Tropic Sprockets by Ian Brockway
Welcome to Me
With "Welcome to Me" helmed by Shira Piven, Kristen Wiig (SNL, Bridesmaids) takes a dark cue from Jim Carrey ala "The Truman Show" in her role as Alice, a fanciful but disturbingly narcissistic fan of talk shows and Oprah Winfrey.
Alice, a former employee of an animal shelter is a shut in, who struggles with emotional instability. Her apartment is filled with dusty VHS tapes of Oprah dispensing bright wisdom.
One day she stops her medication and buys tons of lottery tickets. Over pudding she watches and waits. Then it happens.
Instead of jumping up and down in ecstasy. She decides right then and there to change her life.
She moves to Vegas and visits a health salesman who runs a show highlighting magic algae.
Alice has a strangely distant but spontaneous way of remarking on things that hooks the producer Rich (James Marsden) more because of her oddness than from meaning or importance.
A little encouragement goes a long way.
Alice buys her own talk show. The producer is forced to humor the weird, young woman.
In a fine performance, Wiig does well in portraying the off-putting rants and quirks of Alice. She is not a bad person, but for lack of a better word she is a bit vague, clumsy and grating in her obvious foolery. She yells screams and dopily twirls about the room. Alice doesn't seem to have a center. For reasons that are hard to fathom she mispronounces commonly used words like "carbohydrates" and "neuter".
In her total and complete otherworldliness, Kirsten Wiig is a bit like the singular Andy Kaufman at times. Watchable and bizarre as she is, she falls on the floor an awful lot in sexual gyrations, seemingly for no reason and speaks about menstruation, child abuse and stolen makeup. Her dialogue is so sudden and rife with non-sequiturs that it becomes hard to make sense of it all.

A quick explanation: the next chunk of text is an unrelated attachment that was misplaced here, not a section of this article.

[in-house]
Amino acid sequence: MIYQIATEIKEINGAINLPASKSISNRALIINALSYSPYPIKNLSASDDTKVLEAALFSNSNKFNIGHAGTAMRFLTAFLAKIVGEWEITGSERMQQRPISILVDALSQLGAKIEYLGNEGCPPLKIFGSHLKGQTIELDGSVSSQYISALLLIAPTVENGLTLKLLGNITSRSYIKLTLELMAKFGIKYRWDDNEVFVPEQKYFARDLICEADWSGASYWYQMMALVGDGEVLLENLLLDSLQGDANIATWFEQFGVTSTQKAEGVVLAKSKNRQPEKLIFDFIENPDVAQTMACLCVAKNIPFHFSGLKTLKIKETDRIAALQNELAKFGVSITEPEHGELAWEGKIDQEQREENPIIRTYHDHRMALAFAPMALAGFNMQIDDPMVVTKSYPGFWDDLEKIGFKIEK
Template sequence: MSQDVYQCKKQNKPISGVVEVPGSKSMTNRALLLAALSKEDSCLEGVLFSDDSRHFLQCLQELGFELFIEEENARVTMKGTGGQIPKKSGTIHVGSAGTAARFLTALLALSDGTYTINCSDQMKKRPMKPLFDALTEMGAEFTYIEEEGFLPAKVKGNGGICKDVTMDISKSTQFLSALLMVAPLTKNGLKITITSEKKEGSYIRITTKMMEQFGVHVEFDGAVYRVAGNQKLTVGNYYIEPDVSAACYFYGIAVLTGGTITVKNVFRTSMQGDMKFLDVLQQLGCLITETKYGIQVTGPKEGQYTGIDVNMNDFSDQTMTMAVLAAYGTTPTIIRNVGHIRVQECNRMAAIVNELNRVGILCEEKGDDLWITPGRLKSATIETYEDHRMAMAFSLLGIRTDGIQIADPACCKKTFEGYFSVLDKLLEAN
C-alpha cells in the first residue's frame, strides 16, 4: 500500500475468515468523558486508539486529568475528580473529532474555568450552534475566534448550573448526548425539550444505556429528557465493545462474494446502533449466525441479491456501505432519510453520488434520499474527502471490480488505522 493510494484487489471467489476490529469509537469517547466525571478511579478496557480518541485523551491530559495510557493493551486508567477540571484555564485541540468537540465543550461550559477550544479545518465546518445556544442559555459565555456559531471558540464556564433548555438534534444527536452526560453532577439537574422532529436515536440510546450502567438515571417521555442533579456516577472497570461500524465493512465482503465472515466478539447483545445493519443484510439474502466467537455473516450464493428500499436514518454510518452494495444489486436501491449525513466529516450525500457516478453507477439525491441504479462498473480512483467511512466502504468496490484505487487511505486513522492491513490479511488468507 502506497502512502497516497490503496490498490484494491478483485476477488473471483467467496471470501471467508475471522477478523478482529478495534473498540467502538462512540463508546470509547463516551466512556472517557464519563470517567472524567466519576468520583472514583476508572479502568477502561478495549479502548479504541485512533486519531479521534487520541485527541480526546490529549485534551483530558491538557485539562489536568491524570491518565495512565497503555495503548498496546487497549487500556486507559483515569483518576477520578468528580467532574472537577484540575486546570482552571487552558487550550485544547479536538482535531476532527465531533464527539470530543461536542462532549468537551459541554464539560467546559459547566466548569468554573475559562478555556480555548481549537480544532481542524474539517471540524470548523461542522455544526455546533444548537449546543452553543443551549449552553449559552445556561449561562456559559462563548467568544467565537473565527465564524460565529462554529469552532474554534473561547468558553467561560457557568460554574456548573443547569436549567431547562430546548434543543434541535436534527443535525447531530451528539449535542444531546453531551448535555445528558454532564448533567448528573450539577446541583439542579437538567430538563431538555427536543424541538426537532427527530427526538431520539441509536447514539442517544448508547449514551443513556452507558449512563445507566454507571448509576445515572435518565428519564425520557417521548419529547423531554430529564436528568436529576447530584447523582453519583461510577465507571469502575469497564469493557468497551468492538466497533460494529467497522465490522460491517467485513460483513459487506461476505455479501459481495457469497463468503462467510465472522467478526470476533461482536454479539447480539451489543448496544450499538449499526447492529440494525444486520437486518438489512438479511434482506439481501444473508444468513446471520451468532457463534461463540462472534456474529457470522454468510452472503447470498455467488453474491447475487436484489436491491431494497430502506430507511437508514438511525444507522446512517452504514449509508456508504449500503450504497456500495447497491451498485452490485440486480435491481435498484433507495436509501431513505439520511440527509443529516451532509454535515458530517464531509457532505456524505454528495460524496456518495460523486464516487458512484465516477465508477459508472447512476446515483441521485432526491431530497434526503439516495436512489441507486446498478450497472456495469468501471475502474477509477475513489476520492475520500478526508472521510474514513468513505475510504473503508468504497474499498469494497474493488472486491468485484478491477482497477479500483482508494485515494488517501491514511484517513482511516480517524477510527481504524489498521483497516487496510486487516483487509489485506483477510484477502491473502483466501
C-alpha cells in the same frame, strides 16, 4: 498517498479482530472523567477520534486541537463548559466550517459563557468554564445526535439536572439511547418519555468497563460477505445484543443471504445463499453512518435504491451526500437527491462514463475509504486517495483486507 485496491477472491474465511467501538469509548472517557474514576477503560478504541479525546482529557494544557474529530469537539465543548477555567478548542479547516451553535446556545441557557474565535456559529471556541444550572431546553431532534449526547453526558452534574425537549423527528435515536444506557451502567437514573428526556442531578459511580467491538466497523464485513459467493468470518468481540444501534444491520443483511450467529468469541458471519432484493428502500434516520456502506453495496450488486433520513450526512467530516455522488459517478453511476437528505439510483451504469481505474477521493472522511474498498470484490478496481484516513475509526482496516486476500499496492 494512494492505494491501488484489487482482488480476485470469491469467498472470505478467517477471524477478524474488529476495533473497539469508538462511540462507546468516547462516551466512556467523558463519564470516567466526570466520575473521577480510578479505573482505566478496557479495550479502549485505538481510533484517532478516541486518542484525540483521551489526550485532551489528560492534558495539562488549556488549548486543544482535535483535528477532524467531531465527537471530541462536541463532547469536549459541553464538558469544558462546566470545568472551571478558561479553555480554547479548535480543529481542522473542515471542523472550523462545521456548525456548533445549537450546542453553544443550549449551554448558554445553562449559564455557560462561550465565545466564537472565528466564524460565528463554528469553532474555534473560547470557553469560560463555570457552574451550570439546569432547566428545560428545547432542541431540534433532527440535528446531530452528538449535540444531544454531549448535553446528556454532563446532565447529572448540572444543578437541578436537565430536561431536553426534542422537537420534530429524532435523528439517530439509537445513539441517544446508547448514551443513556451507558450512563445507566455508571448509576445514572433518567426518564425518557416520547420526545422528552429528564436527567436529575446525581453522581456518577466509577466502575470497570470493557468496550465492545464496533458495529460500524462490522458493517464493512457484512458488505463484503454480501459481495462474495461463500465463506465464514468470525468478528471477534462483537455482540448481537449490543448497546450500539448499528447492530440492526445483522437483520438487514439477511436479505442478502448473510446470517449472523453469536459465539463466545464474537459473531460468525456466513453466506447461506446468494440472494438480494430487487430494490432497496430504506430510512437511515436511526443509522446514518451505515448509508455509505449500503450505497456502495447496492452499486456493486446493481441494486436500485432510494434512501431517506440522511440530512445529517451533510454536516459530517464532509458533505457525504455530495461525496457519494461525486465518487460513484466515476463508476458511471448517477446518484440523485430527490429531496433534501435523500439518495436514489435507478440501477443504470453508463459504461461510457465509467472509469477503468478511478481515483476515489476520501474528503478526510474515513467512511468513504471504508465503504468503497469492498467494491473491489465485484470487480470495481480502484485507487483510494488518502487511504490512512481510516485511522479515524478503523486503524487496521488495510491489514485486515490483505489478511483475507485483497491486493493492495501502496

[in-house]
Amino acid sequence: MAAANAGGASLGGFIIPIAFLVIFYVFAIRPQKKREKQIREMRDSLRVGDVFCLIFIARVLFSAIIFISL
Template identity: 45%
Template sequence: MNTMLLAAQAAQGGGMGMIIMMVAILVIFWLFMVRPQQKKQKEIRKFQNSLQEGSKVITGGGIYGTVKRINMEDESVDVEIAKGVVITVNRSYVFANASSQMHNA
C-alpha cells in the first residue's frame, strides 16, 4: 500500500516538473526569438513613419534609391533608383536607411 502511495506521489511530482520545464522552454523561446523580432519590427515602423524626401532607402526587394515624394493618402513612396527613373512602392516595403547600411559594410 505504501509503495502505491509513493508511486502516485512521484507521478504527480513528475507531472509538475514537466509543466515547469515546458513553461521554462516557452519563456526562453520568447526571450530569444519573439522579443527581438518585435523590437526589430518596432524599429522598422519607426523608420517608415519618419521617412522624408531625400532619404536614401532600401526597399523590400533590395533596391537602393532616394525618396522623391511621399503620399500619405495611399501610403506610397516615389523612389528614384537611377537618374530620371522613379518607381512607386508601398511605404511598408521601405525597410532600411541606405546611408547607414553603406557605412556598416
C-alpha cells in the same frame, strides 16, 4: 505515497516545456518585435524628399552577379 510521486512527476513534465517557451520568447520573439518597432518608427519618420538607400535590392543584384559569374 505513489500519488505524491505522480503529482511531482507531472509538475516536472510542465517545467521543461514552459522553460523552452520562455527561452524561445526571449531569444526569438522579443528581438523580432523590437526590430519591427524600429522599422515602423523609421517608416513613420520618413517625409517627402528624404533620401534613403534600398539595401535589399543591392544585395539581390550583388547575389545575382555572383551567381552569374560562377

Stranger still, there is a long bit about on-air dog castrations that is queasy and difficult to laugh about.
There have been other Alice-like roles. Jim Carrey has done several curious and far out performances highlighting insular personalities like the inwardly tortured Joel Barish in "Eternal Sunshine of the Spotless Mind," and the abstract Truman Burbank in "The Truman Show," who was also obsessive. There was Robert De Niro's Rupert Pupkin in Scorsese's "The King of Comedy." And who can forget the iconic portrayal of Chauncey Gardiner as delivered by Peter Sellers in "Being There." These characters all had dysfunction and comedy at their core but also an added depth and variation, vital to keep us watching, however outrageous the events.
In this film, however, all of Alice's sobbing and caterwauling evolves into silly noise with little logic or heart. I didn't laugh once.
As unfunny and flat as the film plays , Kristen Wiig deserves some spooky praise in her portrayal of such an odd bird.
The acting talents of Tim Robbins and Jennifer Jason Leigh appear as a psychiatrist and a network head respectively, albeit in stock performances. Leigh is haggard and Robbins is passive.
While it is at first compelling that Alice Klieg is spacey and out of touch, there is scarcely little novelty in Wiig's performance aside from being egocentric and crazed. From TV mania to her badly burned boobs and some on-camera neutering of dogs, it doesn't seem to mean all that much. Unfortunately, one will get more yucks to the stomach than any belly laughs.
As a method acting exercise, Alice Klieg is of interest, but as a character driven feature, "Welcome to Me" is all silliness and hurry offering little invitation for laughs.
Write Ian at firstname.lastname@example.org